|Publication number||US6865694 B2|
|Application number||US 10/136,818|
|Publication date||Mar 8, 2005|
|Filing date||Apr 30, 2002|
|Priority date||Apr 30, 2002|
|Also published as||US20030204782|
|Publication number||10136818, 136818, US 6865694 B2, US 6865694B2, US-B2-6865694, US6865694 B2, US6865694B2|
|Inventors||Nicholas H. Schutt, James M. Jarboe, Jr., Bibo Chen|
|Original Assignee||Texas Instruments Incorporated|
|Export Citation||BiBTeX, EndNote, RefMan|
|Patent Citations (14), Referenced by (3), Classifications (19), Legal Events (4)|
|External Links: USPTO, USPTO Assignment, Espacenet|
1. Field of the Invention
This invention relates generally to memory testing, and more particularly, to a CPU-based system and method for testing embedded memory.
2. Description of the Prior Art
As the amount of repairable memory increases in digital signal processing (DSP) solutions, traditional test methods have become more time consuming due to the amount of data that needs to be collected. Address and data information related to each memory failure is required to determine a repair solution and also to provide wafer fabrication information necessary to diagnose failure mechanisms. Memory tests have become more difficult to implement due to increased pin and routing requirements, especially in system on a chip (SoC) applications. Dedicated memory testers are expensive, and add complexity to the test flow. Further, implementing traditional memory test techniques on an existing base of logic testers is problematic due to lengthy test times, which are due primarily to inefficient methods of capturing failure data.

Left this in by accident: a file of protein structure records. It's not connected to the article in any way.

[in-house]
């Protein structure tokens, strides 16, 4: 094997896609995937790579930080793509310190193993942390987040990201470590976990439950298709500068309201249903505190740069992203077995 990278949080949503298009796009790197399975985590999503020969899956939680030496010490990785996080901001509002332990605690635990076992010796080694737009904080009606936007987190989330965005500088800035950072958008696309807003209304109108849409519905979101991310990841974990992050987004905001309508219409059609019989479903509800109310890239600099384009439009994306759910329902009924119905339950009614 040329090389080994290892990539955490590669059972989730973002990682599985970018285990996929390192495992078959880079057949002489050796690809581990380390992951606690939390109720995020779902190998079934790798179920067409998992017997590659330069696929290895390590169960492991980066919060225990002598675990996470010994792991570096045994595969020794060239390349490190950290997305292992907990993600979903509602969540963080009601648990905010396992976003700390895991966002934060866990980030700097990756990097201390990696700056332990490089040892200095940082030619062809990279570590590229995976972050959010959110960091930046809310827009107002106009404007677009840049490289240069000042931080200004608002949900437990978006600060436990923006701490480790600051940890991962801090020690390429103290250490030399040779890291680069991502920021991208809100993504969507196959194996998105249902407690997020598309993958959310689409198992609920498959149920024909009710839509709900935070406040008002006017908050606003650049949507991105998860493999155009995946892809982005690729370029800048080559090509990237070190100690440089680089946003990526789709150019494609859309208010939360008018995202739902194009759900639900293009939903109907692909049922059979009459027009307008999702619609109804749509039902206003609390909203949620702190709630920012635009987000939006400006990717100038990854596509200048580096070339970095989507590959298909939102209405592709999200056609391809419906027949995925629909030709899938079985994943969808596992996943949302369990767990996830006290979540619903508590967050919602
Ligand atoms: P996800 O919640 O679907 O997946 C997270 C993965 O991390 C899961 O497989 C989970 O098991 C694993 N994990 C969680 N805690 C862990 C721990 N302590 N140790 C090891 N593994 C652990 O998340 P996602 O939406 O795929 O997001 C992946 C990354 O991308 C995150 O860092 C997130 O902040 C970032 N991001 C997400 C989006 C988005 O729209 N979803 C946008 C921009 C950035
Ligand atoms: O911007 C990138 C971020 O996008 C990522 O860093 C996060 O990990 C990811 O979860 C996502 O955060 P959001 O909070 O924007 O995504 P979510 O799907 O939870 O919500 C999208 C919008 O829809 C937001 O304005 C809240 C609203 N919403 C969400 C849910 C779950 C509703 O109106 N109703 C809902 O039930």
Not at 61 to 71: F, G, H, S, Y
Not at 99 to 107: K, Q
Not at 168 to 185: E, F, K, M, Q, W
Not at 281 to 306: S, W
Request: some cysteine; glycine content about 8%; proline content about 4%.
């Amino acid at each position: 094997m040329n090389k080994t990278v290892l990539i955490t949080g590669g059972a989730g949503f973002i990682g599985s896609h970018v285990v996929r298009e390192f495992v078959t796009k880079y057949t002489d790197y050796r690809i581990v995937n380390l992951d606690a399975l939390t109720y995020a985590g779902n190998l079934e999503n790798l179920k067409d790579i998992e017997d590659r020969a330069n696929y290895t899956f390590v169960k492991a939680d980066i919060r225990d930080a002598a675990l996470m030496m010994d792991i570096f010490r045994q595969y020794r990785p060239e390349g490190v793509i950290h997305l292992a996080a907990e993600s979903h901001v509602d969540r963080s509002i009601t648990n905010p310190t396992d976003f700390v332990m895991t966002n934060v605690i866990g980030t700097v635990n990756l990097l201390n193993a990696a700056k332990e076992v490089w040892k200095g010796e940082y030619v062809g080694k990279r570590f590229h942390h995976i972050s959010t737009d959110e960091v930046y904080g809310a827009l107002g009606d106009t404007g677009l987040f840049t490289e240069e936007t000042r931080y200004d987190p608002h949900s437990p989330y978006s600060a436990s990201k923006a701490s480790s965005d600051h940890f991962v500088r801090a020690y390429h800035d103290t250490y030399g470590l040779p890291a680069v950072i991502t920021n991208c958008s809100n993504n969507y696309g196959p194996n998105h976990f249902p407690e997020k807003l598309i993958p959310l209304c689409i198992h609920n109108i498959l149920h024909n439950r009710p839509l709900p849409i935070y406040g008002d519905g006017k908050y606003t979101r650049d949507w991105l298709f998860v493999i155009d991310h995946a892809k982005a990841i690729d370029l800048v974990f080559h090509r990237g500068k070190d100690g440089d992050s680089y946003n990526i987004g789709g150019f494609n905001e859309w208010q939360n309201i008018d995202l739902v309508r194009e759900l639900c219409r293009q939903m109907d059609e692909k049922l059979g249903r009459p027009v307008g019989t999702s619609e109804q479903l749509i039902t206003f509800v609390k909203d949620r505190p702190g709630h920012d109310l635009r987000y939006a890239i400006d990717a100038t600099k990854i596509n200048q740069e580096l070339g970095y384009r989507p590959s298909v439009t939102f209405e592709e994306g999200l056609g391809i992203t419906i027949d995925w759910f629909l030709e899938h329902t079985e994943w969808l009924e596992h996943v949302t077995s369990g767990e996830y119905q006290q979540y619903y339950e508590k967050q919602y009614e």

U.S. Pat. No. 5,680,544, entitled Method For Testing An On-Chip Cache For Repair, issued Oct. 21, 1997 to Edmondson et al. discloses a CPU-based method of testing an internal cache memory. The method taught by Edmondson et al., however, teaches the added requirement of a special test coprocessor to assist with computing the repair solution.
In view of the foregoing, it would be both desirable and advantageous in the memory testing art to provide a simple, cost-effective technique that substantially reduces memory test time requirements and that is more easily implemented when compared with existing programmable memory test methods.